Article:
I know a lot of you have been waiting for my endorsement of a candidate for Rhode Island treasurer. I'm happy to announce my support for Tom Sgouros in this fall's election. I've become a fan of Tom's incisive writing on RI policy, including a piece he wrote in 2006 on education policy, "The Shape of the Starting Line," which includes this interesting data:
Though the underlying reasons are not perfectly clear, professional jobs in Rhode Island pay salaries competitive with salaries in our neighboring states, while blue-collar jobs pay far less. Table 10.2 compares state mean salaries for several professional occupations (not teacher, but veterinarian, psychologist, accountant, architect, and so on) with the mean for several blue-collar jobs (cashier, carpenter, hairdresser, butcher, etc.). In one list, Rhode Island ranks 8th in the nation, slightly behind our neighbors, but in the same league. In the other list, the one ranking blue-collar wages, we drop to 23rd. The only other states that skew this direction are California and the states of the South. Other states skew the other way, or not at all. This is a disparity that has nothing to do with government, since these are predominantly private-sector jobs. In other words, school committees who are criticized for their decisions about teacher pay are making essentially the same decisions that thousands of private employers have made about hiring accountants, psychologists and architects (Sgouros, 2005a).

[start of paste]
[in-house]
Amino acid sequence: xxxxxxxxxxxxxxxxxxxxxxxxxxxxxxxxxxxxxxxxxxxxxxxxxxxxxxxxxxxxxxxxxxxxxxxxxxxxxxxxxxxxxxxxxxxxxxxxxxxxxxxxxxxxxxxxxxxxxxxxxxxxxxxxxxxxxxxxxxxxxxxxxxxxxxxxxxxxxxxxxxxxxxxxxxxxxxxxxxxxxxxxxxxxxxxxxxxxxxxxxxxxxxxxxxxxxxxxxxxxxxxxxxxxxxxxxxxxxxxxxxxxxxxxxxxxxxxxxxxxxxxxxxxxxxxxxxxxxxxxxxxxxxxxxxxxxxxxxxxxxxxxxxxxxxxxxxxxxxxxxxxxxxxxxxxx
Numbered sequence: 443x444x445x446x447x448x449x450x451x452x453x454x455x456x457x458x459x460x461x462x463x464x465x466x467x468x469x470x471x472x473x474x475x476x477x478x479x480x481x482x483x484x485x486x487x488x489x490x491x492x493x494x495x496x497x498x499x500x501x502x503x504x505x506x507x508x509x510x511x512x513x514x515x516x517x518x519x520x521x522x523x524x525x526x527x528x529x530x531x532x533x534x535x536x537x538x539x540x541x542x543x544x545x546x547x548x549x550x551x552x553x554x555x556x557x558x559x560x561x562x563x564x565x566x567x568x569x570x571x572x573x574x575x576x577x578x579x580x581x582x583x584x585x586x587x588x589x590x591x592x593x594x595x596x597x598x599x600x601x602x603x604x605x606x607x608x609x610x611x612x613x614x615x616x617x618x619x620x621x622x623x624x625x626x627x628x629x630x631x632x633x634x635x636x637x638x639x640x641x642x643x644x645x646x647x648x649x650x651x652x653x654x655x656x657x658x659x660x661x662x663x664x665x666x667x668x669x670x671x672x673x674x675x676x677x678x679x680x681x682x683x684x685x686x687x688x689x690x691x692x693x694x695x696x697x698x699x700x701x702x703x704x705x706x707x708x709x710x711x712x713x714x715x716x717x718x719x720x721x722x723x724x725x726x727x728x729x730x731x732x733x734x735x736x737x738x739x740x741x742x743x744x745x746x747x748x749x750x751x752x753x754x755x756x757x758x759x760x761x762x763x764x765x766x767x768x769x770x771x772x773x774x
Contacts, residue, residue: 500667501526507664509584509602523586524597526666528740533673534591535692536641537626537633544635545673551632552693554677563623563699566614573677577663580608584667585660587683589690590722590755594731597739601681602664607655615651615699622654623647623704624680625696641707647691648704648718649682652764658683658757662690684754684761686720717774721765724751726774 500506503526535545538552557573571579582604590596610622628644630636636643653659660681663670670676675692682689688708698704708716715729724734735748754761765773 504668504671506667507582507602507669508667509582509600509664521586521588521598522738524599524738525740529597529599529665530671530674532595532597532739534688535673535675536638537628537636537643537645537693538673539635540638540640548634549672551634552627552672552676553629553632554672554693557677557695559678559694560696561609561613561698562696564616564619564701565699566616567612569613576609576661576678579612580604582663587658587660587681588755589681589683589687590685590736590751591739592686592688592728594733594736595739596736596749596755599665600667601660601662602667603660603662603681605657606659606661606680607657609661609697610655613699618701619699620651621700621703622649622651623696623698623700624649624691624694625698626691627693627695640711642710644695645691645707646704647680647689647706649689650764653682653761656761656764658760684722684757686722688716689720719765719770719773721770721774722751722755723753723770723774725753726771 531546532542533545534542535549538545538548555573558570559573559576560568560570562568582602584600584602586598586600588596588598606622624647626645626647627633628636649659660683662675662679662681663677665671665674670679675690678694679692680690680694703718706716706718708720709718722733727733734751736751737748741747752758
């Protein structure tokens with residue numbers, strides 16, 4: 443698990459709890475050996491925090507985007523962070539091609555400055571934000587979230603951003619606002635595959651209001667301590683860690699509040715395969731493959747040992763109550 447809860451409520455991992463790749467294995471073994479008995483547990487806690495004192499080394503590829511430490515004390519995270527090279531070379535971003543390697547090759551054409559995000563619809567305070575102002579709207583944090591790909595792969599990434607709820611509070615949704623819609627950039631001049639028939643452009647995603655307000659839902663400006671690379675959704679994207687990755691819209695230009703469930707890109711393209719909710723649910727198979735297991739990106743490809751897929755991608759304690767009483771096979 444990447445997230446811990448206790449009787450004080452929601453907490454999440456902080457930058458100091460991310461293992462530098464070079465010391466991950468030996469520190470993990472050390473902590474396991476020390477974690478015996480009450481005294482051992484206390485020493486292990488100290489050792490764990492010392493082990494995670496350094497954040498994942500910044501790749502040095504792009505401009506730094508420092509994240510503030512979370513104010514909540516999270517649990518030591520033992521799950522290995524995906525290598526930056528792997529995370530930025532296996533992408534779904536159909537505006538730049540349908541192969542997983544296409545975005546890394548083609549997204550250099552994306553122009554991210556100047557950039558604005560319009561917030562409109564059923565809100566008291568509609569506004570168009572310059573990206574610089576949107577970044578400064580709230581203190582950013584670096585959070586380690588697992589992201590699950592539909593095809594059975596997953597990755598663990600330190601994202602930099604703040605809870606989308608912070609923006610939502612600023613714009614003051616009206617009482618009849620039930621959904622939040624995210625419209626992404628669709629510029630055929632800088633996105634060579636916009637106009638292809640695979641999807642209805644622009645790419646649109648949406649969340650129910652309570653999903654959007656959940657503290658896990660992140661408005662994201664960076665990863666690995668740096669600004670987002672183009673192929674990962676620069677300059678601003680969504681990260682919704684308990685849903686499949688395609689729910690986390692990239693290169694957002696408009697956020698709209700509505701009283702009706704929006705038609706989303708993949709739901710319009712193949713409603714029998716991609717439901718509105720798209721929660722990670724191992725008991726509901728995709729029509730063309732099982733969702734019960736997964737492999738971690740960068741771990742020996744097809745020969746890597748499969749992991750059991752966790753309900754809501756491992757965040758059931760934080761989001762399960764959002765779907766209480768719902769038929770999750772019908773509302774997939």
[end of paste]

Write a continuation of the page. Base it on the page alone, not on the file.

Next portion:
It is suggestive that Massachusetts and Connecticut do not have the disparity between professional and blue-collar jobs that Rhode Island does. Table 10.2 shows that Connecticut ranks third in the country in professional pay by this measure, but it also ranks third in blue-collar pay. For Massachusetts, the ranks are 4 and 5, respectively. In other words, the average wage in Rhode Island is a number that means something very different than the average in both of these two states.
This suggests why our school performance looks more like a southern state as well.